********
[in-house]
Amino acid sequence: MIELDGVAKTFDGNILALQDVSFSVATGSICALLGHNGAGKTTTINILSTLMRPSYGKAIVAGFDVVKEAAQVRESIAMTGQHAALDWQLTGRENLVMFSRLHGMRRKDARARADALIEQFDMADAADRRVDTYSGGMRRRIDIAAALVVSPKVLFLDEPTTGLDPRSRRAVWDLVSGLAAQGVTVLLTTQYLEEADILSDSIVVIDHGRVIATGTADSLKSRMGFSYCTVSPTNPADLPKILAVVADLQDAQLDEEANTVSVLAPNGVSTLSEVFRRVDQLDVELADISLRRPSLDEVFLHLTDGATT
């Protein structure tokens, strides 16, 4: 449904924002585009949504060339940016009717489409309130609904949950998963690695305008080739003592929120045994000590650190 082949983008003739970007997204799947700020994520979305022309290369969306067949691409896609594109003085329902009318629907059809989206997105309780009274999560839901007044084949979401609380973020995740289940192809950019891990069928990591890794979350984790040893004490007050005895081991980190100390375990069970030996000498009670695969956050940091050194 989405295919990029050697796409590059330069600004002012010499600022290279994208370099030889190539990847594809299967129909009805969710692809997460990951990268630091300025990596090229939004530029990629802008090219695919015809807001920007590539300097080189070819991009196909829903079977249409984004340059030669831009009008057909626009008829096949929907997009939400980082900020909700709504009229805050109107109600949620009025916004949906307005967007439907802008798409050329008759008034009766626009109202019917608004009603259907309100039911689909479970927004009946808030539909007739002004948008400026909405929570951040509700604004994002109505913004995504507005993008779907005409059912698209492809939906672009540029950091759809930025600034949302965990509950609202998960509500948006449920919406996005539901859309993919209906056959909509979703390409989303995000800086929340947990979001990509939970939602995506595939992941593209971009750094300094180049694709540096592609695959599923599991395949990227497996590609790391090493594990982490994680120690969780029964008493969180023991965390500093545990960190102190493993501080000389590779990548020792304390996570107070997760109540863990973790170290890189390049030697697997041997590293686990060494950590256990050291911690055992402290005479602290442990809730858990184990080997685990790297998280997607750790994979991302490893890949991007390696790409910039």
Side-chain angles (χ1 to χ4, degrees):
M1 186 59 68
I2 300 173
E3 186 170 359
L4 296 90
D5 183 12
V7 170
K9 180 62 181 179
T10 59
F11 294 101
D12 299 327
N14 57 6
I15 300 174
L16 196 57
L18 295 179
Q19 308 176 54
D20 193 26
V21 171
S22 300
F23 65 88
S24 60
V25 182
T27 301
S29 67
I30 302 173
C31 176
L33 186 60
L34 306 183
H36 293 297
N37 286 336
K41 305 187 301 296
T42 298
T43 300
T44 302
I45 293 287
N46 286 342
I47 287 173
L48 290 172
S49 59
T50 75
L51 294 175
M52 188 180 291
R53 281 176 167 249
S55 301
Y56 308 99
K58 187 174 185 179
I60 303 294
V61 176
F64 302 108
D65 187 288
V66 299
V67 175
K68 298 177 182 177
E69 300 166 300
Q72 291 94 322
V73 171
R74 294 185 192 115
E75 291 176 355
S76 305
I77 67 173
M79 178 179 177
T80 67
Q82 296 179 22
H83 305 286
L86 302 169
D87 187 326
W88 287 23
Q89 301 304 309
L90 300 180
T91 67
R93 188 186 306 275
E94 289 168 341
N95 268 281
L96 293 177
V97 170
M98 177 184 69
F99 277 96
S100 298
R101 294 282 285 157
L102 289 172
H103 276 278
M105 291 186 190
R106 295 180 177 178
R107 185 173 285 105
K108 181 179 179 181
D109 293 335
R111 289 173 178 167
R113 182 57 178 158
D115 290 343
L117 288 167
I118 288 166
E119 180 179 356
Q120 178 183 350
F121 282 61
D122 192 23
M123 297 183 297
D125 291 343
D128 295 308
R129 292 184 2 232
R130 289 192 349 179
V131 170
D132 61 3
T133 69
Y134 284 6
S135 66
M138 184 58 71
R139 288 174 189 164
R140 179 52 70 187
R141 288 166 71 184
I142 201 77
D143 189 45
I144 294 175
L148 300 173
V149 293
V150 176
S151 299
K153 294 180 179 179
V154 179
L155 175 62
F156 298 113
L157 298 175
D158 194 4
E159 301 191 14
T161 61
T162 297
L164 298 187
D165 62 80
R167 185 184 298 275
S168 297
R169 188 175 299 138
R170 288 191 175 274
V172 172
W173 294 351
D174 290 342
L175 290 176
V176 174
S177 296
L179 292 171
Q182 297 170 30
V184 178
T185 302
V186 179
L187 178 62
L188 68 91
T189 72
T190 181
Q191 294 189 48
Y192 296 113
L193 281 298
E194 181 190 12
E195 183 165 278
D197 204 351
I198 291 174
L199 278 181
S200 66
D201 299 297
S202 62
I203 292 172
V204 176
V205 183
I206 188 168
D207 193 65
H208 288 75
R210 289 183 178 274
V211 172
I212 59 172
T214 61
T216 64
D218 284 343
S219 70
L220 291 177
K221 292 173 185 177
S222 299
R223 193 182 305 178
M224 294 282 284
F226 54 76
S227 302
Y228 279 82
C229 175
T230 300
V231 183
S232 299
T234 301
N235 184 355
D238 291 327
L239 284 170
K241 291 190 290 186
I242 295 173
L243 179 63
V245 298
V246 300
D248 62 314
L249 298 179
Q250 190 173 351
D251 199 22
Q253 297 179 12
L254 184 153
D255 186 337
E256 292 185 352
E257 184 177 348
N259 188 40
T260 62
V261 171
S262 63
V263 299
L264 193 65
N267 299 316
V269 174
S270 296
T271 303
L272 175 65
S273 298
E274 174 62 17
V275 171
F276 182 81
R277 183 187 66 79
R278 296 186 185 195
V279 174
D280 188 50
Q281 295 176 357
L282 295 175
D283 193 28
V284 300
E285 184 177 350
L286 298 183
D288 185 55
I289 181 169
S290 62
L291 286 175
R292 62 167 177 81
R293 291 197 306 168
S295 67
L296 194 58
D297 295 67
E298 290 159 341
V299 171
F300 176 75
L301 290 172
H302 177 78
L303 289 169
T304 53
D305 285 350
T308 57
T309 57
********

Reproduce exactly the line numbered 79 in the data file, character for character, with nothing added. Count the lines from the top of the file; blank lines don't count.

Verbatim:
M98 177 184 69